June 27, 2016
A Google Chrome flaw has opened the door for pirates to download movies and TV shows from Netflix, Amazon Prime and other streaming services.
A pair of security researchers who discovered the bug contacted Google about the problem May 24, but the tech giant has yet to release a patch to fix the problem.
Although the security researchers — David Livshits from the Cyber Security Research Center at Ben-Gurion University in Israel and Alexandra Mikityuk with Telekom Innovation Laboratories in Berlin, Germany — will not give exact details on how the flaw works, they did say it is easy to exploit.
The flaw, the researchers told Wired, evades Google’s Widevine digital rights management — meaning, because there is no check to ensure decrypted video is playing only in the browser, pirates can nab the video as soon as it is passed to the browser’s media player.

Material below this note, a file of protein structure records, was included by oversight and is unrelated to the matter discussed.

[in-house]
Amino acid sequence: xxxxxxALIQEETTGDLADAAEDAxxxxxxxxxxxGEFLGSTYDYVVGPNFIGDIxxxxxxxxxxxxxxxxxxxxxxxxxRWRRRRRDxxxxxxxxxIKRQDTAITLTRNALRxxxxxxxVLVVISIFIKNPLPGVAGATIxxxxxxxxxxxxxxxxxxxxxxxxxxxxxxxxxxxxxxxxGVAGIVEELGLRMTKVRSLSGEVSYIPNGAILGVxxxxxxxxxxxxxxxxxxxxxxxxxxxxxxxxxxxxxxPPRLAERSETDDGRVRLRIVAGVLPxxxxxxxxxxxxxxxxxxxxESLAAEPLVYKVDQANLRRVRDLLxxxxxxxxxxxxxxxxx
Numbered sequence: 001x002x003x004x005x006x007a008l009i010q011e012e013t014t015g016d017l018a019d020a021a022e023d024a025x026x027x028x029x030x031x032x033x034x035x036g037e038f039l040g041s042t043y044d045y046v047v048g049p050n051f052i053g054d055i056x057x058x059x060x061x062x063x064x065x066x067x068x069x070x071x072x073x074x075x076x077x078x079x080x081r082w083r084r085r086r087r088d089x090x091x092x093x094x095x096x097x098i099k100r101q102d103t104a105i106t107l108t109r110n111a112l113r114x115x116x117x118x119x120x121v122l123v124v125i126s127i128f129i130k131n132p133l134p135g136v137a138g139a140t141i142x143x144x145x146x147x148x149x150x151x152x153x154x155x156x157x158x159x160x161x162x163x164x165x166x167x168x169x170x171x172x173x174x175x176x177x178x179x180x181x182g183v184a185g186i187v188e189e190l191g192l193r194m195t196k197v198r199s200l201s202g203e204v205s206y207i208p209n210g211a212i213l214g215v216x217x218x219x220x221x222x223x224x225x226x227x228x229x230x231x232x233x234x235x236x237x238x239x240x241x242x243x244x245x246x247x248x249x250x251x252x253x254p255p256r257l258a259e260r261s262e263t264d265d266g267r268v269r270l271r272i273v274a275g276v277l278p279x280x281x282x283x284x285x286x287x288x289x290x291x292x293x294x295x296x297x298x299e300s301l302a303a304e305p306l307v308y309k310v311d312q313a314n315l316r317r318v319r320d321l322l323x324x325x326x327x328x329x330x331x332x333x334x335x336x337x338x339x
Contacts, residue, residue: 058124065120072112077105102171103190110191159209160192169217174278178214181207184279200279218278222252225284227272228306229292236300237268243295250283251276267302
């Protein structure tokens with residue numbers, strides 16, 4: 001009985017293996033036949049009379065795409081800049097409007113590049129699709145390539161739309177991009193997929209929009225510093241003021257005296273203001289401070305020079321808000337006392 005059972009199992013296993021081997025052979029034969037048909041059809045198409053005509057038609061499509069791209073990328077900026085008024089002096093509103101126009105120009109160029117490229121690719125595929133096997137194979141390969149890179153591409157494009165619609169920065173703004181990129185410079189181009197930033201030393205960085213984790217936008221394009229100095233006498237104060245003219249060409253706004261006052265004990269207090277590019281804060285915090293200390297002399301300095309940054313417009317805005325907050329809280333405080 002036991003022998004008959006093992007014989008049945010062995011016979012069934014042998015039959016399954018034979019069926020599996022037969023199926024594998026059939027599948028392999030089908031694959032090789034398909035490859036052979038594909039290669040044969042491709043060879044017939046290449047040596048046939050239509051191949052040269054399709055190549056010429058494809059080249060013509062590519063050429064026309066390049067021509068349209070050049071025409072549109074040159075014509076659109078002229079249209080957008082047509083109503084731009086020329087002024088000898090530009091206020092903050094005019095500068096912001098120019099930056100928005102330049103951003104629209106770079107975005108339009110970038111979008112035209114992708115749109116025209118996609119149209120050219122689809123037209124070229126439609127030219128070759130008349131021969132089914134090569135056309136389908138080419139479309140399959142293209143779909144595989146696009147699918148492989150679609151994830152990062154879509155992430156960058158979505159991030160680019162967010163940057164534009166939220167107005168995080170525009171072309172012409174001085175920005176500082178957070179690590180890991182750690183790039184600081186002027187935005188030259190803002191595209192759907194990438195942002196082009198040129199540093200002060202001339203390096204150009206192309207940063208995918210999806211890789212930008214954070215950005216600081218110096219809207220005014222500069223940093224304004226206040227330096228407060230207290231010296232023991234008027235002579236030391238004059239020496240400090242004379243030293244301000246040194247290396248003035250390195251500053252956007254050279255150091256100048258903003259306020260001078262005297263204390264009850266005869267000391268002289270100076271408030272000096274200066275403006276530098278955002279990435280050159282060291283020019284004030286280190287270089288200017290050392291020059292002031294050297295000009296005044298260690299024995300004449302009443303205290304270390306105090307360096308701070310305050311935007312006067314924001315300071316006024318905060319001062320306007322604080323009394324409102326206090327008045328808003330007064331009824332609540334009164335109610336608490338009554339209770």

The bug, they said, has probably been in existence since Google added Widevine to Chrome.
Google told Wired it is looking into the issue, but added that the problem is not only found in Chrome — in fact, it could exist in any browser created from Chromium, an open-source code from which Chrome was created.
Firefox and Opera, which also use Widevine, could also be vulnerable to the bug, for instance, although those have not been tested.
“Chrome has long been an open-source project and developers have been able to create their own versions of the browser that, for example, may use a different CDM or include modified CDM rendering paths,” the Google spokesman told Wired.
To see the flaw in action, check out the video below.
Jennifer Cowan is the Managing Editor for SiteProNews.